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FEMINIST DIALOGUE SERIES 2012
Report on Agenda Feminist Dialogue 2
The aim of the Agenda Feminist Media (AFM) Feminist Dialogues is to provide a space for the sharing of information in order that the every day experiences and challenges of women’s organisations inform feminist research, the outcomes of which can, in turn, feed back into the practice of these organisations. The sharing of knowledge and of daily experiences during the dialogues facilitates the process of naming the problem/challenge, understanding successes and failures, and exploring avenues/strategies to tackle obstacles to gender equality. Outcomes of the dialogues inform the work of the Agenda journal in terms of theme selection.
This dialogue, held on 31 March 2012 at SICA Guesthouse, Durban, explored the issue of what challenges, opportunities and strategies for actively advocating for gender equality in our 18 year-old democracy in South Africa exist. How are organisations organising, and how are they engaging with issues of concern? There are different forms of activism in different sectors, and the AFM dialogues play a role in supporting women to share this information with each other.
The dialogue followed the following process:
Nothile Ngwane from the Domestic Violence Assistance Programme, (an example of an organisation actively involved in advancing women’s rights in the context of gender violence), described their work and the nature of the challenges that they face in advancing the protection of women from domestic abuse and other gender based violence.
Zanele Ludidi, from the KZN Legislature Portfolio Committee on Women and Youth – Women’s Multiparty Caucus outlined the origins of the caucus and discussed the ways in which it could work with organisations of civil society to promote the rights of women.
Sanja Bornman, from the Women’s Legal Centre, Cape Town, explained how the Centre is actively involved in litigation and advocacy for the rights of women as entrenched in South African legislation and in the Constitution
Janine Hicks, Chair of the Agenda AFM Board, chairing the session, summarised the important points emerging from the session. The three organisations spoke about their work in a particular context in South Africa defined by:
• A conservative and patriarchal environment as evidenced by attitudes on the part of customary leaders, religious leaders, officers in the courts, officers in government structures
• Inadequate state responses and service delivery, where civil society organisations then step in
• Unequal power relationships in the social fabric
• Gaps in the use of technology
• Poor representation of women in leadership positions
• Groups of men who feel threatened when women do organise together
Given these forces that are operating in our environment, women’s organisations have chosen multiple strategies to challenge discrimination:
• Legal interventions to ensure that women have access to their rights
• The provision of a cluster of services to women – whether legal, counseling, health, general support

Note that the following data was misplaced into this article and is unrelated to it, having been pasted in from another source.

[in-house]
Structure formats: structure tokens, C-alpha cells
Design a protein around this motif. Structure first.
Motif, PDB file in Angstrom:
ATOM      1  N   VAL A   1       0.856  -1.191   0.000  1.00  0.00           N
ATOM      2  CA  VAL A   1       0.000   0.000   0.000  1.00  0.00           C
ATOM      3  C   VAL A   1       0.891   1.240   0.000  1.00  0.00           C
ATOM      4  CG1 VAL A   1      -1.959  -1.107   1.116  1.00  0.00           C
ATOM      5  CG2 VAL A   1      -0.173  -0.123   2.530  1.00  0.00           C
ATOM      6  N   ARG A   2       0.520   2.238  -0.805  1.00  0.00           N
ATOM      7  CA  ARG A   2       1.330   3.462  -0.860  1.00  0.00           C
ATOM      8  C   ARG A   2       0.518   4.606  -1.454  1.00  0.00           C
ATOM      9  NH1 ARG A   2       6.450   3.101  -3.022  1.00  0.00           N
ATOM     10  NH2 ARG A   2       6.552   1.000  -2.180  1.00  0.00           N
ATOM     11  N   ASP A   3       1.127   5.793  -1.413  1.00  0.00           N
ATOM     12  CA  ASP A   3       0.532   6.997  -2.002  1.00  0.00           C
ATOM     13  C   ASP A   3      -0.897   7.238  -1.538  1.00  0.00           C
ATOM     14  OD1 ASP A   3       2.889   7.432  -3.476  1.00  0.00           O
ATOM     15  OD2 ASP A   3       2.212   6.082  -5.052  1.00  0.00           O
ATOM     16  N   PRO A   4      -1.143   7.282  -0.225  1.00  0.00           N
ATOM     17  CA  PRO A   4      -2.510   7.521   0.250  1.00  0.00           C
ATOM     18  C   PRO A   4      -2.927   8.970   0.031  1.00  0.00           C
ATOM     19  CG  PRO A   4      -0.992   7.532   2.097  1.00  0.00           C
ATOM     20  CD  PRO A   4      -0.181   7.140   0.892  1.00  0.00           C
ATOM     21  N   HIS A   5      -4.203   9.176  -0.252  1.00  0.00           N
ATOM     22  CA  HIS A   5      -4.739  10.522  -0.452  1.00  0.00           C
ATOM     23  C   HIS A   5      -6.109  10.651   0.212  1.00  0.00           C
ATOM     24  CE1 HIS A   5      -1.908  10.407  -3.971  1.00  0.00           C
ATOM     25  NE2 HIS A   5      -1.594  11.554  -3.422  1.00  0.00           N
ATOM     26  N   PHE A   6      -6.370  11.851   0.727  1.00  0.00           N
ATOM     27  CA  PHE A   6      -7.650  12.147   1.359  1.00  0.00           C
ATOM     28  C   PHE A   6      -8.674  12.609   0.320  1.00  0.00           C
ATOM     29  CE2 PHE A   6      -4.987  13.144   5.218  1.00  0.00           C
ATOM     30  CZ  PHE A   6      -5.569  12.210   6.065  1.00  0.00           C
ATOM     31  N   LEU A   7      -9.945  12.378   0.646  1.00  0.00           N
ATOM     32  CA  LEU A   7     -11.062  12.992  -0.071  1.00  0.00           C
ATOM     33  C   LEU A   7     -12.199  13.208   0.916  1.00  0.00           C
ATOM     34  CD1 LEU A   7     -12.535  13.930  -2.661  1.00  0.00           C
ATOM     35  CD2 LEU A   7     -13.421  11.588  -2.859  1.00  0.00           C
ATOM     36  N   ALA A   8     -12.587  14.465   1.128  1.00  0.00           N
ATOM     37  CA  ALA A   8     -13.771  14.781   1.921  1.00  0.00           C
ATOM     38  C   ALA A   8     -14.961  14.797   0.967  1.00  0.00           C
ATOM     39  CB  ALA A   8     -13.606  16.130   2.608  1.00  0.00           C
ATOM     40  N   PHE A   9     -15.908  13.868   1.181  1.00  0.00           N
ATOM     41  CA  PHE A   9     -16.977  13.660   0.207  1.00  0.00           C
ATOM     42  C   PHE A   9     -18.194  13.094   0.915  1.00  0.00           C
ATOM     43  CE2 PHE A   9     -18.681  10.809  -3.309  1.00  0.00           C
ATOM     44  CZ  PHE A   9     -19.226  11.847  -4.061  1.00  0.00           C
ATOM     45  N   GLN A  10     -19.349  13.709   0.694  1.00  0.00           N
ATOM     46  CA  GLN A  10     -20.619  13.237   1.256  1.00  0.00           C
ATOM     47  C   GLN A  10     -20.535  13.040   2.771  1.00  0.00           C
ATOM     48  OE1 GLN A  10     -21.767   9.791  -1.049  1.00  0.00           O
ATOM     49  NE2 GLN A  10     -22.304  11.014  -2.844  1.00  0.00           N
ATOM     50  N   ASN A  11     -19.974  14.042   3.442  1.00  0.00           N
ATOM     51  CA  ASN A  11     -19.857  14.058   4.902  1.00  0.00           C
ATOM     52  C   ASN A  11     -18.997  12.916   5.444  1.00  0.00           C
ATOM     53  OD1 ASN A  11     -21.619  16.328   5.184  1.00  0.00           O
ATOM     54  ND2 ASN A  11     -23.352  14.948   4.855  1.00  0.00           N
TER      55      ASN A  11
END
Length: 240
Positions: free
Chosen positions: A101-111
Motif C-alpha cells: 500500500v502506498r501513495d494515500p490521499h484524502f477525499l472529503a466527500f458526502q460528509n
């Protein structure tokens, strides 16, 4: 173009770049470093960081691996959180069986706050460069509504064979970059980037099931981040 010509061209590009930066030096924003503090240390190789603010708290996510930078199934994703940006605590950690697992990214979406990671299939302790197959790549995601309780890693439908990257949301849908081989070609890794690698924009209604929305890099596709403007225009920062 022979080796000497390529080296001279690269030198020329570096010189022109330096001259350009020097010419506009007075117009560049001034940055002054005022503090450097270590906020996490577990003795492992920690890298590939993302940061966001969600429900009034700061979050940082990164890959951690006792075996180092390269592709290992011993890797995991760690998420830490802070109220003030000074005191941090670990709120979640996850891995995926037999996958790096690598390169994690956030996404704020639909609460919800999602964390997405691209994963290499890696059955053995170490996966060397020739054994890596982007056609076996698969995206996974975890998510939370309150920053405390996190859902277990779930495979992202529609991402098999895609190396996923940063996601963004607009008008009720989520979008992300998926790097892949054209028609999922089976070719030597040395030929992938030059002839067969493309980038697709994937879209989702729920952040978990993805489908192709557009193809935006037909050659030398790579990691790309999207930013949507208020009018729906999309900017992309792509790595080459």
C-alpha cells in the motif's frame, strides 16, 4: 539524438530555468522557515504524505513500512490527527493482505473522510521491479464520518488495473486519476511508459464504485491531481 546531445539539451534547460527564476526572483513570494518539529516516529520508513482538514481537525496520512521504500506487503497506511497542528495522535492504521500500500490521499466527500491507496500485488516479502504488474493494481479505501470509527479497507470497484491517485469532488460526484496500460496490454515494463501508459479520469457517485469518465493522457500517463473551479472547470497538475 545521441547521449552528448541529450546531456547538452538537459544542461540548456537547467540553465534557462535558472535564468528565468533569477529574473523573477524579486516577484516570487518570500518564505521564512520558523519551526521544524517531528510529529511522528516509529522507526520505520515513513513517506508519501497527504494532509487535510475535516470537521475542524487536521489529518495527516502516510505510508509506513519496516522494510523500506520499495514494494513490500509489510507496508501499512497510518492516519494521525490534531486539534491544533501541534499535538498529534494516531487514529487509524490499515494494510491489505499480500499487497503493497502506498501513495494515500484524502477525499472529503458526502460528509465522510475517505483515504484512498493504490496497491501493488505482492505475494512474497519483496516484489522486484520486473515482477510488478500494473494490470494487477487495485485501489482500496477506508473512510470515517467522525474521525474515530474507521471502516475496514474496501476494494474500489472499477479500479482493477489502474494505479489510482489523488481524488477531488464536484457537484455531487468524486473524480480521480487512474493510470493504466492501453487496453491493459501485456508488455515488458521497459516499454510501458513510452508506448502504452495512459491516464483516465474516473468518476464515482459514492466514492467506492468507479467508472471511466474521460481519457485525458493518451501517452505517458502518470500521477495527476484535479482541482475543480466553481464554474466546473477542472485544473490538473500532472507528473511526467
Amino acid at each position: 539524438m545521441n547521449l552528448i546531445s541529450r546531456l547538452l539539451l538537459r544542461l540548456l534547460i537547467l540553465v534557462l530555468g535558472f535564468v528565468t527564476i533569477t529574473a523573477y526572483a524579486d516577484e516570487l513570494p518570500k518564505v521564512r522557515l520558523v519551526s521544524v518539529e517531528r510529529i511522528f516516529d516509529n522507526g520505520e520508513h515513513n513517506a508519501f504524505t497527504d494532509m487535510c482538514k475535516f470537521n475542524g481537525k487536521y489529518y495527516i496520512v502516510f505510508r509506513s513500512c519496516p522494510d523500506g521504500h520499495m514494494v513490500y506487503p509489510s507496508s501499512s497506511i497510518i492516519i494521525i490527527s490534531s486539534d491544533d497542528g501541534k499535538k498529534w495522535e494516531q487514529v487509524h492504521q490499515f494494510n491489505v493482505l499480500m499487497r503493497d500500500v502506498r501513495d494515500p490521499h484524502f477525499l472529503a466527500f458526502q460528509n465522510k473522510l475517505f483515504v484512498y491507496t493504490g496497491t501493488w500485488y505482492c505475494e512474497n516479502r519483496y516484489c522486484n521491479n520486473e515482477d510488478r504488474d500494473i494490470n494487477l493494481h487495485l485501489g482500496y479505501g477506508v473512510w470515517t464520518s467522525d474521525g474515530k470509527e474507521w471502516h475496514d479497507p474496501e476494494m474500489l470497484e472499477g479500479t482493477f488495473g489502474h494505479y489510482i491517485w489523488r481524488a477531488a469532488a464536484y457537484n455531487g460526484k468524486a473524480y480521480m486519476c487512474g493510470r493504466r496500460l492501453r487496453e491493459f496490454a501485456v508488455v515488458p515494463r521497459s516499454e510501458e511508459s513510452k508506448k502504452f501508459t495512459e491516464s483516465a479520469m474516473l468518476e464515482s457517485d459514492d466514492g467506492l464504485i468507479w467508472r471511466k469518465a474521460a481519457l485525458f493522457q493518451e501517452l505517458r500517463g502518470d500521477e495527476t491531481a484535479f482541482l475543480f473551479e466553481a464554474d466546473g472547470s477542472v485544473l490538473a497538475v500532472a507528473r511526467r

• Using advocacy to call officials to account
• Training and building women’s capacity
• Engaging with a broad range of stakeholders – traditional and religious leaders, Chapter 9 institutions, and with positive forces and actors within government
• Creating support networks and safe places where women can share their experiences
• Awareness raising and education so that women become more aware of their rights and recognise discrimination
• Monitoring state performance
• Using tools like quotas to push for increased women’s representation
Common challenges remain,
• Shortage of resources both in terms of capacity and finances
• The demand is greater than the scope of our work
• Resistance in our communities and our political parties
• The backlash of conservatism
• Much of our work hinges on the energies and commitment of individual women (champions) and is not well systematised
Important lessons and insights arising from the presentations and discussions thus far have included:
• The powerful insight of recognising the struggles that women face in different spaces, whether they are operating in the government/political sector, or in the civil society sector, and respecting the contributions that fellow women are making
• The power of leadership, and the value of champions
• The value of linkages, support networks and collaboration to map out routes to channel instances of discrimination
• The importance of using Chapter 9 institutions to leverage changes.
The launch of the Agenda journal’s latest edition – Teenage Fertility and Desire – took place during the dialogue before the lunch break. Asha Moodley, from chair, introduced the guest editor of the journal, Nolwazi Mkhwanazi and one of the contributors to the issue, Erin Stern. She explained how privileged Agenda is to work with guest editors, given their expertise in their field of specialisation, and their contact with a broad spectrum of writers and researchers.